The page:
State legislators called top juvenile justice officials everything but competent yesterday in a pointed hearing that showed a series of fundamental mistakes led to a rape and the escape of five delinquents from Maryland's highest-security juvenile jails.
Roberto de Jesus, secretary of the Department of Juvenile Justice, sat on the hot seat next to a top official from the company hired to run the jails. Both promised improvement while agreeing that a shortage of staff, blunders by workers and lax supervision contributed to the incidents at the Charles H. Hickey Jr. School and the Victor Cullen Academy.
Sen. Ida G. Ruben, who called the hearing as chair of the subcommittee that oversees the juvenile justice department, said the mistakes were not understandable shortcomings but egregious failings.
"If this wasn't so serious, I would think I was watching a Keystone Kops movie because of the mistakes that were made," said the Montgomery Democrat. "Everybody is going in different directions, and nobody is paying attention to the rules. There are so many things you could point to and say, `My God. It's like we've had our head in the sand.' "
De Jesus and representatives of Youth Services International Inc., the for-profit company that runs the Hickey School in Baltimore County and the Victor Cullen Academy in Frederick, were summoned before the oversight committee after a series of security breaches.
On June 25, a 16-year-old Baltimore inmate with a history of violence is accused of walking out of his assignment cleaning a dining hall and raping a staffer who was left alone in an unlocked building where drugs were dispensed. Within a week, three delinquents escaped from Victor Cullen and two others escaped Hickey.
Two of the five escapees have not been recaptured.
Among other measures, YSI has agreed to pay $11,000 every time a delinquent escapes. If more than one escapes at one time, the company will pay $11,000 plus $2,000 for every youth beyond the first one.
Jim Irving, president of YSI, said the rape at Hickey occurred when a dishwasher who was placed in charge of seven delinquents failed to watch them closely, allowing one to sneak away. Irving said the dishwasher was left alone with the juveniles because of a staff shortage and that the company was trying hard to attract more workers.
The $7-an-hour dishwasher was fired last week.
"I just find that to be amazing, and I think he's being used as a scapegoat," said Del. Frank S. Turner, a Howard County Democrat. "It just doesn't add up."
Ruben said she wanted a writ- ten report on the firing. "I want to know why a person like that lost his job if in fact he was carrying a greater burden than he should have," she said.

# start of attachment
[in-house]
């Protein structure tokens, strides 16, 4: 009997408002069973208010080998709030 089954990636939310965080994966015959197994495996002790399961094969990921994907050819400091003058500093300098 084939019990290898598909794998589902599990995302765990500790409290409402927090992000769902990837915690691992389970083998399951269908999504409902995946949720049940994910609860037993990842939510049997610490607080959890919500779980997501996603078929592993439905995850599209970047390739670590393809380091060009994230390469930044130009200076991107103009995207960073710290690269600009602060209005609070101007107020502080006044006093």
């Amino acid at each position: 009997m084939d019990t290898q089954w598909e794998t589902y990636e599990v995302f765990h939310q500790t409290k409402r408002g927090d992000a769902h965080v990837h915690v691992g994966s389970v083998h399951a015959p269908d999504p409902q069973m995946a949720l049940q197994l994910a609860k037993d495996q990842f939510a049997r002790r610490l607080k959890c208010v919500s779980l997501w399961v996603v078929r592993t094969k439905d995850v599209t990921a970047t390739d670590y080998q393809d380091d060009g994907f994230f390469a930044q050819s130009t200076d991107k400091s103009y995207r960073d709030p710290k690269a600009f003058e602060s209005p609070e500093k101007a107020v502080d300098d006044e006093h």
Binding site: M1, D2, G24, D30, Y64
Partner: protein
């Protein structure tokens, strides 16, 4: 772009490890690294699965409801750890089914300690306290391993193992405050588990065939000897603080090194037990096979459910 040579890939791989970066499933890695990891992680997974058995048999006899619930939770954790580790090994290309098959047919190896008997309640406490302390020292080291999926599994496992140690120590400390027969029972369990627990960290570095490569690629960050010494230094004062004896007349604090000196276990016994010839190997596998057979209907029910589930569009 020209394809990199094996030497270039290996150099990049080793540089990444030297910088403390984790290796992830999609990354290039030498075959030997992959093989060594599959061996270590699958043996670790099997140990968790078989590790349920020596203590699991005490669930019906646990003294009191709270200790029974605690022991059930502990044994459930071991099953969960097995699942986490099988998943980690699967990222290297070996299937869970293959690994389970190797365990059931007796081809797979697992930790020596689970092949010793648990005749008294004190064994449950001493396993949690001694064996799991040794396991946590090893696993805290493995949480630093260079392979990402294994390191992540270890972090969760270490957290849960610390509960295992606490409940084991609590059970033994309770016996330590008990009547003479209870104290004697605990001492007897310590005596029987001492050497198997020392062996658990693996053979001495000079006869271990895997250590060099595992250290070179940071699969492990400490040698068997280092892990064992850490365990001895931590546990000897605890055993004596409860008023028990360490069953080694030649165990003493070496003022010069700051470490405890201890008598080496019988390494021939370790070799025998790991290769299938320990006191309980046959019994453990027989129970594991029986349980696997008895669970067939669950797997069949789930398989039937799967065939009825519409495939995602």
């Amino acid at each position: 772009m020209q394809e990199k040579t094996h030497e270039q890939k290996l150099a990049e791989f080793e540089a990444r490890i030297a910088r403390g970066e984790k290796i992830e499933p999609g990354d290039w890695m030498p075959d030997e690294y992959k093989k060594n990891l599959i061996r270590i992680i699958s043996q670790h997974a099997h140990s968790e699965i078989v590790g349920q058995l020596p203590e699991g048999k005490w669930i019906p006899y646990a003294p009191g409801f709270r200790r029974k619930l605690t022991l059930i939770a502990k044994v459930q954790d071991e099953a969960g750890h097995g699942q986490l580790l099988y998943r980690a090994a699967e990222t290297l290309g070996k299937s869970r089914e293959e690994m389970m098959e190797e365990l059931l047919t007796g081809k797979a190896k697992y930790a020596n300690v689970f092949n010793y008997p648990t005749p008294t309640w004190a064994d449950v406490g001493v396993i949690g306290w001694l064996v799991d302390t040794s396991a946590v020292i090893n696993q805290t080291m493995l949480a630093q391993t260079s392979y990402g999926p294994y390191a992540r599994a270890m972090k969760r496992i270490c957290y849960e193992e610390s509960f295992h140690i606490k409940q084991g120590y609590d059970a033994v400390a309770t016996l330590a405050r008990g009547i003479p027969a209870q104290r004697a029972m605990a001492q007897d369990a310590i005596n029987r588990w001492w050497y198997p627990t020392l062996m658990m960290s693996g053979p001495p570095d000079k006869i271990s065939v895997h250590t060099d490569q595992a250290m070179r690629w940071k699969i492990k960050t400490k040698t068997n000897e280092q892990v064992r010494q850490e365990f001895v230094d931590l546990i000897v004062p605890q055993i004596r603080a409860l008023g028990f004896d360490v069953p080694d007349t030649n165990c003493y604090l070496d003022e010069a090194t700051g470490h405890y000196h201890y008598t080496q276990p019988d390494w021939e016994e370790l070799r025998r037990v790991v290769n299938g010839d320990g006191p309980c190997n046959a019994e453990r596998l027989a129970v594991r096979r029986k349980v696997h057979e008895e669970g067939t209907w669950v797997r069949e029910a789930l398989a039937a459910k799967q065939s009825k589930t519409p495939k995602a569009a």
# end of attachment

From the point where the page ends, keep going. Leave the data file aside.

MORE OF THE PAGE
Irving said that even Hickey's dishwashers are taught security measures and that those measures were not followed. (He said after the hearing that dishwashers would no longer be expected to guard delinquents while performing other duties.)
De Jesus acknowledged that his department knew before the incidents that the facilities were understaffed, but he said he did not believe the shortage placed either the delinquents or staff at risk. "If we had thought so," he said, "we would have moved in."
Del. Thomas L. Bromwell, a Democrat whose district includes Cub Hill, where Hickey is located, defended YSI but said the security concerns need to be addressed by the company and the state. He said improvements since YSI took over in 1993 have been dramatic.
"We used to have a facility where children raped each other," he said. "We used to have a facility where kids hung themselves."
But moments after he spoke, Sen. Ulysses Currie, a Prince George's County Democrat, took aim at the secretary, the department and YSI.
`Passing the buck'
"I've sat here all morning, and I've heard there were problems up and down the line," Currie said. "I've heard your explanations. I conclude that you guys pass the buck. I'm listening here for something to take back to the people in my district, and I've heard nothing. You spent all morning here justifying, passing the buck."
According to the results of an investigation by the inspector general for the juvenile justice department and to YSI's separate report, the escapes from Hickey and Cullen were aided by mistakes that began before the juveniles fled and that continued when they were outside the facilities.
In the Hickey escape, one juvenile was banging on his door to hide the noise of another youth punching a screen out of his room, but nobody investigated.
Nor did the staff pay heed to an alarm that went off at 11: 30 p.m. They checked a gate but failed to check on the delinquents in their charge. It was not until 45 minutes after the alarm sounded that they discovered them missing, and it was two hours after the alarm that police were notified.
Later, when a relative of one of the escapees reported to Hickey that he had come to her home, Hickey officials did not notify the Maryland State Police.
Irving said the supervisor who was supposed to check on the juveniles has also been fired. He added that policies for responding to alarms are being strengthened and that managers from YSI facilities elsewhere in the country are being brought in to help with additional training.
Ruben said she appreciated the efforts but thought the failings were so blatant that they could have been caught earlier. "The hindsight's great," she said, "but I would suggest you don't wait at a juvenile facility or any correctional facility for something to happen before you answer the call."
Pub Date: 7/14/99